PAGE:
Day two: trick/truth. I own nothing!

She'd long since gotten used to dancing around the truth. A smile here, a change in conversation there, and a half-truth there - all tied up in a trick the public didn't know she was playing.

Didn't know they were playing.

"Come on now," an interviewer would say, "don't you think he shows you special attention?"

And she would smile and talk about what a gentleman he was, and tie in a story about him helping another co-star with her lines. How he would do that for anyone, not just for her. That there was no way he was singling her out like that.

And she would never mention his necklace, tucked out of sight in her bedroom.

Or her stone, clutched in his hand on hard nights.

Or the fact that she knew it was.

She would never tell them the things she knew about him - that he loved terrible puns, that he had managed to burn cereal for her one morning, or that he had confessed one quiet night that his favorite color was not the blue he told the public. It had, for two and a half years now, been gold.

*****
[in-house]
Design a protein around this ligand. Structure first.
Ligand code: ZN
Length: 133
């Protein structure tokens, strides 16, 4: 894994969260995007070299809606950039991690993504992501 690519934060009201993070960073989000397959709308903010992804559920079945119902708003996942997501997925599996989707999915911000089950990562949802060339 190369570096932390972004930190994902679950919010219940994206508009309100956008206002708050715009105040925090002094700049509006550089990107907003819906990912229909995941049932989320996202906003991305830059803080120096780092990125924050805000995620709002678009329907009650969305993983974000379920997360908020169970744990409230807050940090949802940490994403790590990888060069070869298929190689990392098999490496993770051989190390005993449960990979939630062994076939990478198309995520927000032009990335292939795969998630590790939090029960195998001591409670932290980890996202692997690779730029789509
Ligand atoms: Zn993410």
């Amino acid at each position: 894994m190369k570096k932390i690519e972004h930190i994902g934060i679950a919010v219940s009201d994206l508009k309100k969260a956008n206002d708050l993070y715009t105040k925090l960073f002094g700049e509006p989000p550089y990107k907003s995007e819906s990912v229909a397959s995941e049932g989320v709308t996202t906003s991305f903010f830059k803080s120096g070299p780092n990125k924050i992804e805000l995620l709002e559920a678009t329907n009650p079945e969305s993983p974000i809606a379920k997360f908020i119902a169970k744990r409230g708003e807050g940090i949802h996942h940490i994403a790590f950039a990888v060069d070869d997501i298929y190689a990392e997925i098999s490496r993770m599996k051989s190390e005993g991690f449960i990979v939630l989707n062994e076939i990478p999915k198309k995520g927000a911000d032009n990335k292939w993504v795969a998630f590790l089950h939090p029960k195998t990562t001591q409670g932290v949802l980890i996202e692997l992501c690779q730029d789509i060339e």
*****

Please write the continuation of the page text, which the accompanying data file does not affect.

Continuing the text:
Whenever they asked for silly stories from set, she would keep it limited to what the public already knew, or what their co-stars could tell. She would skip over the truth of it, the why of her bringing them lunch. That it wasn't just a thank-you to their shared manager, to make his job easier.

She would lie to them with a smile that it wasn't an I love you wrapped in an eat your damn lunch.

When they asked her if she was seeing anyone, she would trick them again. She would laugh it off, saying that her schedule would drive a saint crazy. That between school and work, there was no time to think about boys. And to be fair, she didn't think about boys. She thought about a man, one in particular, in the moments between breathing.

And when they asked her if she loved him, she would grin and reply that it would be hard to find a girl in Japan who didn't. They never thought to ask her if he loved her back, because that would have had a very different answer.

So their trick - the greatest trick they'd ever pulled, to convince the world they weren't together - kept going, until the day they were ready to tell the public the truth.